In honor of Avogadro’s number (6.02 x1023), today is mole day. According to some who celebrate this day, celebrations can actually begin at 6:02 on 10/23.
Mole Day Jokes — there are some new ones here I had not seen before.
Grace and Peace
Today’s Astronomy Picture of the Day: Martian Dust Devil Trails
The APOD description for this image:
Who’s been marking up Mars? This portion of a recent high-resolution picture from the HiRISE camera on board the Mars Reconnaissance Orbiter shows twisting dark trails criss-crossing light colored terrain on the martian surface. Newly formed trails like these had presented researchers with a tantalizing martian mystery but are now known to be the work of miniature wind vortices known to occur on the red planet – martian dust devils. Such spinning columns of rising air heated by the warm surface are also common in dry and desert areas on planet Earth. Typically lasting only a few minutes, dust devils becoming visible as they pick up loose red-colored dust leaving the darker and heavier sand beneath intact. On Mars, dust devils can be up to 8 kilometers high. Dust devils have been credited with unexpected cleanings of mars rover solar panels.
Go to APOD for a higher resolution image. You’ll be glad you did.
Grace and Peace
Some recent images from NASA’s Earth Observatory Image of the Day:
Grace and Peace
|I wasn’t really happy with the first iteration of my “Answers in Genesis conference — day 2″ post” so I have rewritten it. Here it is again, hopefully somewhat improved.
On Sunday night, I attended part of day two of the Answers in Genesis “special outreach” with Dr. Terry Mortenson (PhD in the History of Geology). Here are a few thoughts:
Without a doubt, most in the audience thought that Mortenson had presented a convincing case for young-Earth creationism. Unfortunately, few in an audience like this have the geological background to critically analyze the arguments presented.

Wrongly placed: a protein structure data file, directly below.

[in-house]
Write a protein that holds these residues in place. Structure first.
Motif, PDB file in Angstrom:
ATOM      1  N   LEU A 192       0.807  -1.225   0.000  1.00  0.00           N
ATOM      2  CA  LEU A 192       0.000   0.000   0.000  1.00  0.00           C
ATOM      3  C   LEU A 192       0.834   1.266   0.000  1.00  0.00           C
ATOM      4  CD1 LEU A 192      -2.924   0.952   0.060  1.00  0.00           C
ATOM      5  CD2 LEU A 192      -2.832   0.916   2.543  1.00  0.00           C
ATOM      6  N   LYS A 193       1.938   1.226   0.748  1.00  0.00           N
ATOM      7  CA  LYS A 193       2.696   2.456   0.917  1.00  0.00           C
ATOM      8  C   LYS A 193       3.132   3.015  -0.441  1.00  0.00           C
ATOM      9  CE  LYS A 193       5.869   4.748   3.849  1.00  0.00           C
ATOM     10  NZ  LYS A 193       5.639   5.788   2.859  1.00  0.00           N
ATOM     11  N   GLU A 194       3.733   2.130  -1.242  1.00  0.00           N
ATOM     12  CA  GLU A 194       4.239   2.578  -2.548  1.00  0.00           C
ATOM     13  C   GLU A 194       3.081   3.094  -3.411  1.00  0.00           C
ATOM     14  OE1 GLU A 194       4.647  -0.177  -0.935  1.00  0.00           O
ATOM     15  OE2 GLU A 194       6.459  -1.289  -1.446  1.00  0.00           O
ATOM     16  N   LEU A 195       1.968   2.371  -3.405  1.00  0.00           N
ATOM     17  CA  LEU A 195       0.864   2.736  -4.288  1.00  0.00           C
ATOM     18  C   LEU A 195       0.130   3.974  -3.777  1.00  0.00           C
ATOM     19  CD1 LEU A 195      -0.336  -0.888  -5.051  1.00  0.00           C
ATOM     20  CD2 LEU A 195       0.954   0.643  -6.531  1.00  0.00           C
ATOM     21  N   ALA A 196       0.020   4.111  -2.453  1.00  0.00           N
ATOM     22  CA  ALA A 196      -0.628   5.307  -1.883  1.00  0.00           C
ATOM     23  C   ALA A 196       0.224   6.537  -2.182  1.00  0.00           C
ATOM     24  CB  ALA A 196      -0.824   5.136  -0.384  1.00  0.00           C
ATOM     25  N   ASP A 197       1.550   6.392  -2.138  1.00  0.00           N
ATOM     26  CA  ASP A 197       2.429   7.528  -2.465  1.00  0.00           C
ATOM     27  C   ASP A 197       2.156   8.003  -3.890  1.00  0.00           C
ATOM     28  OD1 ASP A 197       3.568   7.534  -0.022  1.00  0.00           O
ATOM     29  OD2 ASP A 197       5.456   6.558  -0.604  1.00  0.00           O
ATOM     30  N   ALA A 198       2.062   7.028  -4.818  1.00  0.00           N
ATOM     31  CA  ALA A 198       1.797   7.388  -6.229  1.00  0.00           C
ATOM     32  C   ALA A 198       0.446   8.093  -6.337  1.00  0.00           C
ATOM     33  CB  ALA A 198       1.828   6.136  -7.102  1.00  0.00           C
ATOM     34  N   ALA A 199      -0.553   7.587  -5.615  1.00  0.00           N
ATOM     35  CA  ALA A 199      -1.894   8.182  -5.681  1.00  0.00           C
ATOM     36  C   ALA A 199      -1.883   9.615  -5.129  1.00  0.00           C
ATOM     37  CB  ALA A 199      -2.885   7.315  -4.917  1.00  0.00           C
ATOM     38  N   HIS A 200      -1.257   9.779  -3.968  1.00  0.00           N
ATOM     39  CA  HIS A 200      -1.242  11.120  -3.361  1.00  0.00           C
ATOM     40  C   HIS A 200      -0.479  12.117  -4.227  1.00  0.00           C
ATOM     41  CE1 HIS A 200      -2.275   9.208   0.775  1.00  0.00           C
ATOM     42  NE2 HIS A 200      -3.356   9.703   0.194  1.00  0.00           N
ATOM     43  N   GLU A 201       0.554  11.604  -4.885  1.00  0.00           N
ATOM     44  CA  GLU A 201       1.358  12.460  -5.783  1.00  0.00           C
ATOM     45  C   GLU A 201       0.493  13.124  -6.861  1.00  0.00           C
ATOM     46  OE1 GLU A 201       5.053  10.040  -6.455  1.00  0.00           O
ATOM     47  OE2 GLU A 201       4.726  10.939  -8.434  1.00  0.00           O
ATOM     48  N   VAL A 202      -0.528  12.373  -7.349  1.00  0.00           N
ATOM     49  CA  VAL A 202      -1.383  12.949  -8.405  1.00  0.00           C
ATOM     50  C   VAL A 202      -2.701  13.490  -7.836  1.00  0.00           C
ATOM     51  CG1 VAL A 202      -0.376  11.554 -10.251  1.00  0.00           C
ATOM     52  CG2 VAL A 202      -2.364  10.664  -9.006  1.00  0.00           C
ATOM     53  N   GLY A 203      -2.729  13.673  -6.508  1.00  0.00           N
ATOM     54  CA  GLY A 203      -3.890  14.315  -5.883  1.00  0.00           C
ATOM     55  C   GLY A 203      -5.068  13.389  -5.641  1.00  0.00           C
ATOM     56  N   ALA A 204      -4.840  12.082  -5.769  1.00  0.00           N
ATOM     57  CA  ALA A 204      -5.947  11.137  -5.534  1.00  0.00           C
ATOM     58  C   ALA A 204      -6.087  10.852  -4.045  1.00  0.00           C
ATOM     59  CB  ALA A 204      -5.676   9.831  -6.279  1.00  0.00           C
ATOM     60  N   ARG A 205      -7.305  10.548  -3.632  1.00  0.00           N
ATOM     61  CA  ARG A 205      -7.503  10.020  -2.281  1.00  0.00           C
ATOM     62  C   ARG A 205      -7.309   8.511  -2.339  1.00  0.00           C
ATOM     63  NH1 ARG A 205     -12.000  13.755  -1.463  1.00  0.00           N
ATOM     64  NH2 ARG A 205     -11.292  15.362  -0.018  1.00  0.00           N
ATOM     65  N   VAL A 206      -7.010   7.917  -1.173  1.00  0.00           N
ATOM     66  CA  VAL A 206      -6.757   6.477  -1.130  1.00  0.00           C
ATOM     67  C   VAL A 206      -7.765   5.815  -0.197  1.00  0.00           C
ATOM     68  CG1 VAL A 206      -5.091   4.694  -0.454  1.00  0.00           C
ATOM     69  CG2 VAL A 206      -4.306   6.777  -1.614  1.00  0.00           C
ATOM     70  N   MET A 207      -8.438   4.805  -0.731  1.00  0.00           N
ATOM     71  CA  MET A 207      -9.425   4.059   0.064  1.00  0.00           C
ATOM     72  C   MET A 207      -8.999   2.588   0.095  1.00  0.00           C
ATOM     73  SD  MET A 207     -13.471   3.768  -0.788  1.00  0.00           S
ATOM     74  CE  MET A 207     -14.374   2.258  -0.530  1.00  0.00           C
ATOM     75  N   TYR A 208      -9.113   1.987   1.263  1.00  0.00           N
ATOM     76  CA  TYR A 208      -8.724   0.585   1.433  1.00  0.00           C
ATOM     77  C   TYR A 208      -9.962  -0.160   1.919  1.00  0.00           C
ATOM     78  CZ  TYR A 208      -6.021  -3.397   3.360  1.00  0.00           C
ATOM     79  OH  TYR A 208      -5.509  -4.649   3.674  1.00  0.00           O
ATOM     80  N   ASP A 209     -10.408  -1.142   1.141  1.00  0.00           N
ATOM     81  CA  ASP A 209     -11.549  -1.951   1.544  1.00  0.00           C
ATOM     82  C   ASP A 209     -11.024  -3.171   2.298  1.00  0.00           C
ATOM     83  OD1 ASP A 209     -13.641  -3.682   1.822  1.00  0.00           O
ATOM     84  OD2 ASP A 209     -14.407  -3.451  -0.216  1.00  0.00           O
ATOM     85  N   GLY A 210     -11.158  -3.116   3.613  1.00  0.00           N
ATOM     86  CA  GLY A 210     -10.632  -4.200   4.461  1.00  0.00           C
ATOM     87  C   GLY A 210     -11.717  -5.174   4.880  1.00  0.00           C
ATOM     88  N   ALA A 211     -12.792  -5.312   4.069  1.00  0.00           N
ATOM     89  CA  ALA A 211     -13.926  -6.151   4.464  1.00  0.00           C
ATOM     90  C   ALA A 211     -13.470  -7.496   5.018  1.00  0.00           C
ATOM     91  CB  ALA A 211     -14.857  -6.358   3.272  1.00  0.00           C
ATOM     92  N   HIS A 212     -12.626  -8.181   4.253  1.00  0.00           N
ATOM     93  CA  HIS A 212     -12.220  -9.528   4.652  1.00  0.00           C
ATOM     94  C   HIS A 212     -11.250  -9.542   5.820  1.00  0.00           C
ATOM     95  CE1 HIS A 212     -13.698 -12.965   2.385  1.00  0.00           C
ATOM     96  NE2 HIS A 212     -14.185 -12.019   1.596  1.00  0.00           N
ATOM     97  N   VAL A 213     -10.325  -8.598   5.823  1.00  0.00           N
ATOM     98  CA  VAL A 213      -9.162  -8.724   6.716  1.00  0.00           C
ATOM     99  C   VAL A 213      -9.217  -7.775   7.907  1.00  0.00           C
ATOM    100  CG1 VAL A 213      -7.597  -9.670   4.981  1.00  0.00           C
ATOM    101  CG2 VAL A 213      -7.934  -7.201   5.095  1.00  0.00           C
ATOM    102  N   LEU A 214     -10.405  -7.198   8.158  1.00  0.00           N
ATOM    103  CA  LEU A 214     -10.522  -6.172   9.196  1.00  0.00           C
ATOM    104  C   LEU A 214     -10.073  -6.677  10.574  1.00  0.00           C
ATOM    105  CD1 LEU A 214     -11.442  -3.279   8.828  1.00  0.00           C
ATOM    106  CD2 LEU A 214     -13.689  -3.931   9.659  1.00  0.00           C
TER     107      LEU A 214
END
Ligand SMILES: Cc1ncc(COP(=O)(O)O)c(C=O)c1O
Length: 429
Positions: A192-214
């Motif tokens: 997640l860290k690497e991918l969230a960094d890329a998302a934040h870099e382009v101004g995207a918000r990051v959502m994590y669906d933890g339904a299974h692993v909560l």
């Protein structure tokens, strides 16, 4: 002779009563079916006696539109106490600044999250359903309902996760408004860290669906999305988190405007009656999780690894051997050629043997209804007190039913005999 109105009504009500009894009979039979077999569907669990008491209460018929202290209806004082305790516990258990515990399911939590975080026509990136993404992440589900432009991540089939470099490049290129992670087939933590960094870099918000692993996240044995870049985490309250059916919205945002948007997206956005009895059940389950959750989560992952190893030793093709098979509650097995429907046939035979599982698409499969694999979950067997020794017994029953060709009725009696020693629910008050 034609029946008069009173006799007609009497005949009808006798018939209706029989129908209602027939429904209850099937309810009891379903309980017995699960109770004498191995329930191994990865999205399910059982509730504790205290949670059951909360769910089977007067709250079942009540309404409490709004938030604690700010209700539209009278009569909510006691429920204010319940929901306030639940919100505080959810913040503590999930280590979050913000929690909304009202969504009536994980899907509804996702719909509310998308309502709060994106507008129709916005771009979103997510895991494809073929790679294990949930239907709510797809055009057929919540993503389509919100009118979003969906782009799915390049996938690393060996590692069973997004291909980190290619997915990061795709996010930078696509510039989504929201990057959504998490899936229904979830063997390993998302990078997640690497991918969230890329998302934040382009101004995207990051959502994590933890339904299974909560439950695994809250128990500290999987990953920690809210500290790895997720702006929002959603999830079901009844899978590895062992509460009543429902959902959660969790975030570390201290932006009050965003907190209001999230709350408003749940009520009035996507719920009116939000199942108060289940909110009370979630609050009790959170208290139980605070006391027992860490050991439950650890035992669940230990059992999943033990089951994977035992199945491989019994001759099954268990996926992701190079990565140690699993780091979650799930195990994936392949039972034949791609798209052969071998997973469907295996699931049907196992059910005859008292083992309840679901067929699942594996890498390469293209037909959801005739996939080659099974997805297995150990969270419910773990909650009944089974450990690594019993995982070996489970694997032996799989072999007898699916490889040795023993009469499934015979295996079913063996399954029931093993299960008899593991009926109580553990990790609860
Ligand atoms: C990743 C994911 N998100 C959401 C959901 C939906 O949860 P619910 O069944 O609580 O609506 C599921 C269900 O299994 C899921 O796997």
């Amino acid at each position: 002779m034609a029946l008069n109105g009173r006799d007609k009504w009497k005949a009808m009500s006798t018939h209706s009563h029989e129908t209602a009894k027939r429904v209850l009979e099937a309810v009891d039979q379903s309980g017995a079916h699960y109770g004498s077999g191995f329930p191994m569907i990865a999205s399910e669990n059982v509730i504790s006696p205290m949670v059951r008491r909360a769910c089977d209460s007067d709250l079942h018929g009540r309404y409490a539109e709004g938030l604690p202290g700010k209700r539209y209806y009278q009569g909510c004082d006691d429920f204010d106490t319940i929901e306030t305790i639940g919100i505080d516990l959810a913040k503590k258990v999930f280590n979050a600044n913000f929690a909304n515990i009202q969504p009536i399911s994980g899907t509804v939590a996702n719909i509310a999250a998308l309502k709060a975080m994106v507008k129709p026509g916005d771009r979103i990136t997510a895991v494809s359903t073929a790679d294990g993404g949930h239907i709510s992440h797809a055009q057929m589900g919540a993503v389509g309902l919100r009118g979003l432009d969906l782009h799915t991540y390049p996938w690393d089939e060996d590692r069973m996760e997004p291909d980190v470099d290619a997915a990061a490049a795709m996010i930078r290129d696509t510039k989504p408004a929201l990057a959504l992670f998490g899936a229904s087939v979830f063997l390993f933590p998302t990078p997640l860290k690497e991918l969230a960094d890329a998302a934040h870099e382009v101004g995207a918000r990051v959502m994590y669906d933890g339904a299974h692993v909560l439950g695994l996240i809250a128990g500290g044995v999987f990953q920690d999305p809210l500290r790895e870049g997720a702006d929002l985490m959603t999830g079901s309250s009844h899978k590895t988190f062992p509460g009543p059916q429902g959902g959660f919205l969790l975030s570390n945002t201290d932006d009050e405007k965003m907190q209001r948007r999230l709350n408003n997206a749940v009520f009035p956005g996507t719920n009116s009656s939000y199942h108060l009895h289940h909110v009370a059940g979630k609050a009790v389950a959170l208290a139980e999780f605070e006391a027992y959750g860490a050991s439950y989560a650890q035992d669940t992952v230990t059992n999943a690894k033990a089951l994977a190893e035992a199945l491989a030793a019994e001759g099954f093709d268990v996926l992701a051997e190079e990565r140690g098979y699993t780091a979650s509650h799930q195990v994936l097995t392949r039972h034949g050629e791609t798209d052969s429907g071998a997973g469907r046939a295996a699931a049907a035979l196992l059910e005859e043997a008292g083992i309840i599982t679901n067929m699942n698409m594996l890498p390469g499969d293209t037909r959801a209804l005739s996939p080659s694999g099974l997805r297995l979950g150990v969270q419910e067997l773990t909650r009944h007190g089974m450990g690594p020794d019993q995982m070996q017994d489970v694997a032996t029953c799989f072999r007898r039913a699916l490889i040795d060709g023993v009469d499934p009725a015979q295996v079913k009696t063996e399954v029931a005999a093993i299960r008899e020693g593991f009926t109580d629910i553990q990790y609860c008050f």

With love for the body of Christ, and for scientists who are turned away from the Gospel by bad arguments in defense of the Bible.
Grace and Peace
The ESV Study Bible (ESV is the English Standard Version translation) is a masterpiece of conservative Evangelical scholarship. The scholars who put this volume together are highly-qualified Bible experts who have a high respect for the Bible as the Word of God.
For those of you not familiar with the concept of a study Bible, this contains more than just the text of the Bible. It contains many thousands of cross-references and explanatory notes, plus drawings, maps, articles, and an extensive concordance (index). The ESV Study Bible is a massive work, with over 2,000,000 words on 2750 pages.
The Introduction to the ESV Study Bible makes it very clear that the authors of the various articles and study notes share a commitment to the Bible as the inerrant Word of God. The Introduction was written by Lane Dennis of Crossway Books and Bibles, and Wayne Grudem of Phoenix Seminary. Here are some quotes from the introduction:
The first kind [of words in the ESV Study Bible] is the actual words of the Bible, which are the very words of God to us. (p. 9)
The notes are written from the perspective of confidence in the complete truthfulness of the Bible. (pp. 10-11)
Because of this commitment to the truthfulness of the Bible, many would think that the ESV Study Bible would give a strong endorsement of the “literal” six-day interpretation of the young-Earth creationists, with a roughly 6000-year old Earth and a global flood that deposited most sedimentary rocks. The authors of the notes, however, take a cautious and broad approach to questions of the age of the Earth and the extent and work of the flood.